That is a good summary. Yes, for threaded holes, scope the remote point to the face of the threaded hole.
One advantage to using a Beam compared with a Joint is the ease of obtaining correct output. The beam has a line that defines the axial direction and the shear directions are correctly labeled. Forces in Joints are labeled with X, Y, Z coordinate directions, but you have to know which axis is axial and which axes are shear directions.
Another advantage to using a Beam compared with a Joint is that you can apply a Preload force, though you must also define a frictional contact between the faces being clamped together by the fastener.
One difference between a Beam connection (where the beam is automatically created) and a Line body meshed with beam elements is if you have a temperature load, CTE effects such as the beam getting longer or shorter with temperature changes will not be calculated on the Beam connection, but it will be calculated on the beam elements on a Line body.
A significant defect in Ansys compared to Nastran is in the behavior of the spider from the Remote Point to the scoped nodes on the face or edge of the part when a temperature load is applied. In Ansys, for Behavior = Rigid, there is no ability to define a CTE value for the spider. In Nastran, when creating an RBE2 element, you can define the CTE for the spider. This means that when the CTE is the same for the body and the RBE2 element, there can be a stress free thermal expansion of that connection in Nastran. In Ansys, Remote Points will create stress around the hole under a temperature load.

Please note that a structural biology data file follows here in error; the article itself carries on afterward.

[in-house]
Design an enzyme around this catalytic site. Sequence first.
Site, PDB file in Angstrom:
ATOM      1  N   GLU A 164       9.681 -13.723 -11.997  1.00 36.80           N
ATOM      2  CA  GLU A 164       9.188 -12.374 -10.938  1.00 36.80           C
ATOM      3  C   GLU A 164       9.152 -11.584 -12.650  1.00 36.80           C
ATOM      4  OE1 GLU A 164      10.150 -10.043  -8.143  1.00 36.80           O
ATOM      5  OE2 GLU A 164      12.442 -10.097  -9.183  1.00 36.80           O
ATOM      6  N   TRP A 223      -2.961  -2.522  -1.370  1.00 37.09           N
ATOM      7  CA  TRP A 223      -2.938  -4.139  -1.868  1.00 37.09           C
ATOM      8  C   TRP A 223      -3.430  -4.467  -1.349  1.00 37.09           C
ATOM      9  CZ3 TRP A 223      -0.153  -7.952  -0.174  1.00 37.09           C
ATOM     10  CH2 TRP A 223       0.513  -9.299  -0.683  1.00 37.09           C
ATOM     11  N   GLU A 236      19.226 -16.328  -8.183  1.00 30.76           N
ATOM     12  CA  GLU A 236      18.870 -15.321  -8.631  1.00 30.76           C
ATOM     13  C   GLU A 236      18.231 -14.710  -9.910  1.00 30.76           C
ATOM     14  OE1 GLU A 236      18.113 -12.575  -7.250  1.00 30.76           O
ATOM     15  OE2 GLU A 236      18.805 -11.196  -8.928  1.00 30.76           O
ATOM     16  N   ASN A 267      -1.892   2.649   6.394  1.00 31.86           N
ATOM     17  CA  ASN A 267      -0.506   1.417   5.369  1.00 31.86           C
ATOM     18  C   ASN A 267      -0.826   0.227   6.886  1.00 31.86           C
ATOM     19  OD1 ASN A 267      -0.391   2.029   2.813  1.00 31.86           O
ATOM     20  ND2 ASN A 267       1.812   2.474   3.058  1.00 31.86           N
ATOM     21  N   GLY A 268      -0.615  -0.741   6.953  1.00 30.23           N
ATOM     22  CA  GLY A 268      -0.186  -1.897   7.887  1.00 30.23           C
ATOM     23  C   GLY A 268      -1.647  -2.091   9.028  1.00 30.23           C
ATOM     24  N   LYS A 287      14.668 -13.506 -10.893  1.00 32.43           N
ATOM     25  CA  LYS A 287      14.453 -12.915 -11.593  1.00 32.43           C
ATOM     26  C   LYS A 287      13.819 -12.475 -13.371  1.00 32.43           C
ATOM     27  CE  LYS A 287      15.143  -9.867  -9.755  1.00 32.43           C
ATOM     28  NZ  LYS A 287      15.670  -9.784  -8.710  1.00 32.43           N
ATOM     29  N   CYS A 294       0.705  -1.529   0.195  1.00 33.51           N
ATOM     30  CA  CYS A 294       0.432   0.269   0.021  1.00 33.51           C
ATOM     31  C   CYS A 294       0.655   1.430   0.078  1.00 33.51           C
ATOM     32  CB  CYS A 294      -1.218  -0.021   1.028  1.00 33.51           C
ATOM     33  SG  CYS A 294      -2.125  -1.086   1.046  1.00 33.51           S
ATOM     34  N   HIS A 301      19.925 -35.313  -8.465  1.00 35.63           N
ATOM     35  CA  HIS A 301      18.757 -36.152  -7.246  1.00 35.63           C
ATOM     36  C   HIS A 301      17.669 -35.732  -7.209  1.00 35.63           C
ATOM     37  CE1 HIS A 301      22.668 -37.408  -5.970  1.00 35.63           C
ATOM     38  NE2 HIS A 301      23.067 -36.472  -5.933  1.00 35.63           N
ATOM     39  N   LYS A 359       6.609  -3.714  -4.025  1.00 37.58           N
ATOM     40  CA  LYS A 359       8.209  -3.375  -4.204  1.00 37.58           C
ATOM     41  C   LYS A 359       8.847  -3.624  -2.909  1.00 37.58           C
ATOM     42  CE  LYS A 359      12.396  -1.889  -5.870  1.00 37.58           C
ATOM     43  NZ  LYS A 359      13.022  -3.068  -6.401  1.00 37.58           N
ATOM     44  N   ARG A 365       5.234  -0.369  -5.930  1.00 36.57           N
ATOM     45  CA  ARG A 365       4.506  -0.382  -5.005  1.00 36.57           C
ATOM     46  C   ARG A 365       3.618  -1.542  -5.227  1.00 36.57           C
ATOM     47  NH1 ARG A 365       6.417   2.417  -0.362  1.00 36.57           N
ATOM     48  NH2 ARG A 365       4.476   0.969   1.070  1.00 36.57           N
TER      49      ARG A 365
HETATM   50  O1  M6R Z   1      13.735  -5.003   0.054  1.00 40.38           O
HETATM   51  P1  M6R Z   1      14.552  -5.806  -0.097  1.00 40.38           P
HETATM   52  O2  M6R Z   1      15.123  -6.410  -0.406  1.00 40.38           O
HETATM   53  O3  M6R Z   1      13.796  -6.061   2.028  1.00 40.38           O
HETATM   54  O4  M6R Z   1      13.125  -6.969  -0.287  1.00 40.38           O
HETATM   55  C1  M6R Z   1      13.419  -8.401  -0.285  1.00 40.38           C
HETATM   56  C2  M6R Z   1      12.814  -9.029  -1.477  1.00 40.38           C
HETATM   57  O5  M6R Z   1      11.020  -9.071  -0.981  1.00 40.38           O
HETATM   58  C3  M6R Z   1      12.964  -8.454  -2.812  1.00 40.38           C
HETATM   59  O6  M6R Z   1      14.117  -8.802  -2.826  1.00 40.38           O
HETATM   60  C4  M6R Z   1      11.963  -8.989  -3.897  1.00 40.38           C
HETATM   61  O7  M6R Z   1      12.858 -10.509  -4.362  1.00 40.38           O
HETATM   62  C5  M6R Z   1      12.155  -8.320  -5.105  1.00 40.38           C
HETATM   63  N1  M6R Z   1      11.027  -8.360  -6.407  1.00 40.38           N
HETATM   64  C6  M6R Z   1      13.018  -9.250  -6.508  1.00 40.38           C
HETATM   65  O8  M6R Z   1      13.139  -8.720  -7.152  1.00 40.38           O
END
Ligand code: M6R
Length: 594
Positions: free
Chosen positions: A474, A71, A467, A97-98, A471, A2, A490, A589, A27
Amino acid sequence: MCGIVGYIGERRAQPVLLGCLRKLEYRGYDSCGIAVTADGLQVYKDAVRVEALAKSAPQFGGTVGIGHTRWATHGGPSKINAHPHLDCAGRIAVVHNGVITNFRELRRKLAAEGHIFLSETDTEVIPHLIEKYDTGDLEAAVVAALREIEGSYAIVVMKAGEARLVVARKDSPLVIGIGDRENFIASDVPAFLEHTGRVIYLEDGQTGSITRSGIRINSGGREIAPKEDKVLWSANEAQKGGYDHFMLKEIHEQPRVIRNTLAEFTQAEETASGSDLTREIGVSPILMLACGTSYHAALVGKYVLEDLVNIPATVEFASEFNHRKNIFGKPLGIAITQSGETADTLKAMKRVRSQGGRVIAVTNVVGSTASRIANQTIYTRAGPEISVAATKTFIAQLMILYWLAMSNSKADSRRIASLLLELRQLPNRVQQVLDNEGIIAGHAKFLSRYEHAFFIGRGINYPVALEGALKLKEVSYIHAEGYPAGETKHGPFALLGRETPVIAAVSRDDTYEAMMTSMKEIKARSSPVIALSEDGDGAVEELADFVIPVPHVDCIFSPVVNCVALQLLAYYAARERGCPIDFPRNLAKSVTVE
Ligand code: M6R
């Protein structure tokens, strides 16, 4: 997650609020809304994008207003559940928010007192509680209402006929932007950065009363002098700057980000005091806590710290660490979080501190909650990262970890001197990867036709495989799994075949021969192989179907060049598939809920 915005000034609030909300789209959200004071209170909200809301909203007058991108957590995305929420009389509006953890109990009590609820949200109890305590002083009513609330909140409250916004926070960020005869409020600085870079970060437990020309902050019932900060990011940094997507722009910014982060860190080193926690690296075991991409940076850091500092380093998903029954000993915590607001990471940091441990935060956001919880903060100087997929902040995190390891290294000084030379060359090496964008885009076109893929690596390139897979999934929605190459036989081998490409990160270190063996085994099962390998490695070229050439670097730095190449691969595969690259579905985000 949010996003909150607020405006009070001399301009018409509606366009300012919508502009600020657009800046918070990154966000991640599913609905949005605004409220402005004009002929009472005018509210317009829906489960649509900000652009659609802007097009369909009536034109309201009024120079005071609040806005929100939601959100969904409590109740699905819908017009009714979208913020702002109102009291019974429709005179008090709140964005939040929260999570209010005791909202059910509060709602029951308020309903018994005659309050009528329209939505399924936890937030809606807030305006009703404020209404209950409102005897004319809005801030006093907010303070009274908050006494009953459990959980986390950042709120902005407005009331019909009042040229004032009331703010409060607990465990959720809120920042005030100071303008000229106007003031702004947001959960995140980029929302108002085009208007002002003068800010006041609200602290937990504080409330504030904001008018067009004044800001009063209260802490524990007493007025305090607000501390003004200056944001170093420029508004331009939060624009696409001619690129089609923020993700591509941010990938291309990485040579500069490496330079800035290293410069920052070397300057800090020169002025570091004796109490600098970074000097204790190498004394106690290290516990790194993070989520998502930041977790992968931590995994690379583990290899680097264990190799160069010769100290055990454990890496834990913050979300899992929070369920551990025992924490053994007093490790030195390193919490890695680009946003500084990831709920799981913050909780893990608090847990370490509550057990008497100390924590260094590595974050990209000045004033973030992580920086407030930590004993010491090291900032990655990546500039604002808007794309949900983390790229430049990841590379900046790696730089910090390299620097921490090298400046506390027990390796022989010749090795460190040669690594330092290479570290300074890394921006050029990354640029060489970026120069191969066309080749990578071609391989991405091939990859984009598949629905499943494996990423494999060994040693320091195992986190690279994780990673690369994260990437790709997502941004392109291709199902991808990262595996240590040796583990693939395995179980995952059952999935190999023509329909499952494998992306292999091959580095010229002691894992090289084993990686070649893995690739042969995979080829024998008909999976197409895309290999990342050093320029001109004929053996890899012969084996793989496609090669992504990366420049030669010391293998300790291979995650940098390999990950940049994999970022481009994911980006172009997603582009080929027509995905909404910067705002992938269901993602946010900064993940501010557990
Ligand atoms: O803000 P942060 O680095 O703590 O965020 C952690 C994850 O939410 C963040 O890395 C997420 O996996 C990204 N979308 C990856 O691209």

I hoped that changing the Remote Point to Behavior = Deformable would deliver a stress free result under a temperature load, but I was disappointed to see stress on the edge of the hole when I tried that.
The workaround in Ansys to avoid stress around the hole under a temperature load is to create the spider using beam elements meshed on line bodies, which is an unacceptable amount of work. It is less work to put a solid model of the fastener and use Bonded Contact for the bolt head and threads to obtain a stress free result under a temperature load when all the CTE values are equal.